Statement by H E President Zuma at the high level meeting on Libya hosted by the UN Secretary General, United Nations Headquarters, New York

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Earlier this year the United Nations responded to the call for assistance from the Libyan people in their critical time of need.

South Africa supported that call with the belief that the United Nations had an obligation to bring about by peaceful means, and in accordance with the principles of justice and international law, breaches of peace and stability and the protection of civilians.

As the situation in Libya enters a new phase, South Africa welcomes this convening of this high-level meeting to continue to assist the people of Libya in their quest for lasting peace, stability and development.

Libya is slowly emerging from a bloody conflict that saw many killed in their determination to seek a better life and to realize their legitimate aspirations.

The situation in Libya has improved, but there is still a long way for the Libyans to go in achieving lasting peace, security and stability.

There remains concern at the possibility of the current situation further undermining regional peace and security, including through terrorism and the proliferation of weapons.

South Africa supports the international post-conflict reconstruction, reconciliation and rebuilding efforts to assist the Libyan people in turning a new leaf from this conflict.

UN assistance in this endeavor is critical especially as it will also serve as the foundation for coordinating all efforts to support Libya’s post-conflict reconstruction.

Libyan national ownership and inclusiveness of the reconstruction process is critical.

Secretary-General,

The African Union, has from the very beginning of the Libyan crises, been engaged to find a peaceful sustainable solution to the conflict in Libya.

Through its High – Level ad hoc Committee on Libya, it had developed a roadmap which aimed to assist the Libyan people reach a peaceful conclusion to their crises.

During this new phase of Libya’s transition, the African Union and South Africa remains committed to continue to assist the Libyan people in their quest for peace and the reconstruction of their country.

The African Union (AU) High – Level ad hoc Committee on Libya met at the level of Heads of State and Government in Pretoria, South Africa, on 14 September 2011, and recognized the National Transitional Council (NTC) as the representatives of the Libyan people and resolved to work with NTC and all other Libyan stakeholders towards the goal of the early establishment of an all-inclusive national unity government.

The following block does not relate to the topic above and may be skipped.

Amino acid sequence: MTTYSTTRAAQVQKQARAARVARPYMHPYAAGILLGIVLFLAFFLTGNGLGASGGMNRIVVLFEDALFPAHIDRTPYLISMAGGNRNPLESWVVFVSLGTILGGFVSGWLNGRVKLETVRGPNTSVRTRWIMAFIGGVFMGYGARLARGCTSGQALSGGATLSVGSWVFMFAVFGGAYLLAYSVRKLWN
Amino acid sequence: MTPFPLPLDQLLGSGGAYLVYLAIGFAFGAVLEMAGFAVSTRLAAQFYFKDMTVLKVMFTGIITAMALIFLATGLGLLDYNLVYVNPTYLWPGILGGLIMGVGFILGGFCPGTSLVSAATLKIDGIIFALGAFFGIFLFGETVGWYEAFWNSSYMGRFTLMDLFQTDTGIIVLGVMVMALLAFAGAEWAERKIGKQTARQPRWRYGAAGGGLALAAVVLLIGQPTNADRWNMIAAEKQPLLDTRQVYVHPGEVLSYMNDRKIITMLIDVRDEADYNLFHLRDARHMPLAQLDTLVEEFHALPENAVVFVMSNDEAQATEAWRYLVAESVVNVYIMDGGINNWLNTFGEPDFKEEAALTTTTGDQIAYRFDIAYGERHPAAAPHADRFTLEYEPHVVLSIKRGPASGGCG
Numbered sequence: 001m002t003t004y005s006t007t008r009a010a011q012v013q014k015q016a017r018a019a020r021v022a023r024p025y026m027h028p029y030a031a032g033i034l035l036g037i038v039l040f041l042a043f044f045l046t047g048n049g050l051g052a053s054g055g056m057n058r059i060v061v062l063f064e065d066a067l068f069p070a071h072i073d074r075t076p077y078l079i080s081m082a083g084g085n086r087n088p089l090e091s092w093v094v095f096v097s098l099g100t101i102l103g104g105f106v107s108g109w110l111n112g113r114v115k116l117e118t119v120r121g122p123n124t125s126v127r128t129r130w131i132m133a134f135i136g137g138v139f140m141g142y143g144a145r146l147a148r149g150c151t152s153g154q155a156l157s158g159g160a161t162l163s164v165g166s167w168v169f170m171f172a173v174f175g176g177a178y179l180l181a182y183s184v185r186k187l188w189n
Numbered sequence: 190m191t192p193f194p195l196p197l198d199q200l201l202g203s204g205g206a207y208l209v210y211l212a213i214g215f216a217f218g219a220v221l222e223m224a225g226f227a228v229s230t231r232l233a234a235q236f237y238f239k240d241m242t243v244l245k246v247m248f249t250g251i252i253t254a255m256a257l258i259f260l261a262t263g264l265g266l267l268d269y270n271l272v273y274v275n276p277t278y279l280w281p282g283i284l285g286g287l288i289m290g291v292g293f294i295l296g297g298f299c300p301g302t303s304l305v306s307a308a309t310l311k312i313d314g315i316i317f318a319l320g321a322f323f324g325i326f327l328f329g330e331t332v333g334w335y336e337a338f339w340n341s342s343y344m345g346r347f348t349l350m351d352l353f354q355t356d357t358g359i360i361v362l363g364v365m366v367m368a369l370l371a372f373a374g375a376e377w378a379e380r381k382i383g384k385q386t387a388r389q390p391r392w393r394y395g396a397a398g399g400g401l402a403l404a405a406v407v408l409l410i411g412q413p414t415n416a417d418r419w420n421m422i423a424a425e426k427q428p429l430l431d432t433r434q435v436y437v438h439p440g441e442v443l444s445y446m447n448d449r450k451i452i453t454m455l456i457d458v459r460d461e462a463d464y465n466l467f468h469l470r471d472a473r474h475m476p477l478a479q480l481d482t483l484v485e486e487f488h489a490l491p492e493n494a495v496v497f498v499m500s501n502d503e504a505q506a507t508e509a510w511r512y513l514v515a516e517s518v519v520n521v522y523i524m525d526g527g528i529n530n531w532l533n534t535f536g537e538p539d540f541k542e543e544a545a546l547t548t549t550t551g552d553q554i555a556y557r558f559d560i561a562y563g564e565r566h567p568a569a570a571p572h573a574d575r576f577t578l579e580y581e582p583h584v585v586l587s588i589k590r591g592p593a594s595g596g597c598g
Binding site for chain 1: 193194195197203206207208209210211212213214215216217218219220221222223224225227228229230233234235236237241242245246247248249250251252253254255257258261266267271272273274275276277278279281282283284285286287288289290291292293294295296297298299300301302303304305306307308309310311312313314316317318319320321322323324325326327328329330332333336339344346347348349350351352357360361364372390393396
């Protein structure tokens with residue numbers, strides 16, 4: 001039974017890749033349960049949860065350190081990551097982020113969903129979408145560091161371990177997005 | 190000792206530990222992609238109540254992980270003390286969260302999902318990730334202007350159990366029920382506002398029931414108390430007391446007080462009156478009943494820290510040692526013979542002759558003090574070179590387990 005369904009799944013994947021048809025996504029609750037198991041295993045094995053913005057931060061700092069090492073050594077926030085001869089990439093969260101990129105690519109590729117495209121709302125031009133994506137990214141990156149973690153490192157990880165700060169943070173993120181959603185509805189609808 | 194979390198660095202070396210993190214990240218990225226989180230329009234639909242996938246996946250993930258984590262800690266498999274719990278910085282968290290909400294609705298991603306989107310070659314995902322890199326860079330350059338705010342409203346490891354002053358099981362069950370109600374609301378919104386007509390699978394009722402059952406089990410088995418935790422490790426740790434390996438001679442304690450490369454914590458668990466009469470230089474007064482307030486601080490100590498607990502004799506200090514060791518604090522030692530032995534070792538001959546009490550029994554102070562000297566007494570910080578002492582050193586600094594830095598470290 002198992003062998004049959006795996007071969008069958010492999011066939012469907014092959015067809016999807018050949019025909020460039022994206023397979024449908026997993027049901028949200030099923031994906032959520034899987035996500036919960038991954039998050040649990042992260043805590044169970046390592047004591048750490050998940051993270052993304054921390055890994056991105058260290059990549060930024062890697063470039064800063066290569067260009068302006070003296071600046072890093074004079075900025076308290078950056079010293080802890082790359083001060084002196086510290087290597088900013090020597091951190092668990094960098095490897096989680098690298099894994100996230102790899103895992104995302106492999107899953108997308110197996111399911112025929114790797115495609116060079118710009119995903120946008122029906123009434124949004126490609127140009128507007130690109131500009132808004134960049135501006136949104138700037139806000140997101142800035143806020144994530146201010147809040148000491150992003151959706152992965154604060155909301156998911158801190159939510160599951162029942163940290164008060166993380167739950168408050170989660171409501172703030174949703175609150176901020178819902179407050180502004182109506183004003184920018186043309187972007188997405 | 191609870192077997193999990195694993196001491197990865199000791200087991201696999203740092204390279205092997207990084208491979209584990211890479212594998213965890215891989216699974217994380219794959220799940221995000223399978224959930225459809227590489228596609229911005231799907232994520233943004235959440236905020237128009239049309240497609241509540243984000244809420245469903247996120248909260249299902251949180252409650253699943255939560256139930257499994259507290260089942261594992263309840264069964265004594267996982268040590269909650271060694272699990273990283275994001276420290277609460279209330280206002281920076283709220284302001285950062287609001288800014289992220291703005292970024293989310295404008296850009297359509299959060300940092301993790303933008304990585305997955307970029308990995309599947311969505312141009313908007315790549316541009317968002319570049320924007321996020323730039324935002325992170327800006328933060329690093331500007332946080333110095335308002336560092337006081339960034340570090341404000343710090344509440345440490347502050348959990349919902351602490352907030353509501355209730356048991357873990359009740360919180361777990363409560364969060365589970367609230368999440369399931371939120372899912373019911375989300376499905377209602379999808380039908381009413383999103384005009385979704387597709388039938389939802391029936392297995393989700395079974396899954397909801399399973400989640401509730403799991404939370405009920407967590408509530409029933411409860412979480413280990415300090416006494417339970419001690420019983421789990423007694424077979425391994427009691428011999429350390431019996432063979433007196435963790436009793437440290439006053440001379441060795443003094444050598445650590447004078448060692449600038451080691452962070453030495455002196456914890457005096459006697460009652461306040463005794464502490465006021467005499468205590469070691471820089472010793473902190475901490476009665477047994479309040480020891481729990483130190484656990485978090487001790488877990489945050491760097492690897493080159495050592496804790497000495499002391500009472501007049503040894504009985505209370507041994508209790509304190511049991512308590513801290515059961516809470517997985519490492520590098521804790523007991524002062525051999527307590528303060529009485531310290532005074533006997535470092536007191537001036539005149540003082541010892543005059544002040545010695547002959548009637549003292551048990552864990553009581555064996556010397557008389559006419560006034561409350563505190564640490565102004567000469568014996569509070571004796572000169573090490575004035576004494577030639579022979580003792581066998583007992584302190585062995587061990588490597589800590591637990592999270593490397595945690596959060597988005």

The ad hoc Committee furthermore pledged the AU’s readiness to extend full support to the overall efforts to stabilize the situation, promote democracy and reconstruction in Libya.

This morning the AU, in providing leadership to the continent, recognized the NTC as the authority that we must work with to assist the Libyan people to move forward, which must form an interim government that can be able to take the Libyan seat in the AU.

Secretary-General,

The immediate challenge in Libya is for a peaceful conclusion to the conflict, which must include a cessation of hostilities and an end to the NATO military campaign as a prerequisite for stability. This stability would enable the Libyan people to focus their efforts to reconcile and to reconstruct their country.

The initial threat, which warranted a no-fly zone no longer exists.

We should therefore work towards the lifting of the no-fly zone as soon as possible in order to retain the integrity of the United Nations as the center that harmonizes the actions of nations in the pursuit of universal peace.

Towards this end, the UN has an essential role in assisting the Libyan people with political reforms that address the underlying causes of the conflict.

Other key areas to be developed and addressed include, amongst others, constitution building, transitional justice, rule of law, public safety and economic recovery.

The new Libyan authorities should ensure the protection of migrant workers, especially those from sub-Saharan African countries. The approximately 2.5 million-strong African migrant community, it must be recalled, contributed for decades to the economic development of Libya.

Immediate measures should be taken to put an end to reprisals, killings, arbitrary arrests and detention of migrant workers and black Libyans and further call for those involved in these activities to be held accountable for their actions.

In conclusion, Secretary-General, we reiterate that a UN presence supporting the post-conflict and recovery phase in Libya is a strong affirmation by the international community of an improved situation on the ground.

The UN, working with relevant regional organizations and member states, should partner with the new Libyan Authorities and all other Libyan stakeholders towards the goal of an end to their conflict, the early establishment of an all-inclusive national unity government and the post-conflict development of their country.



I thank you.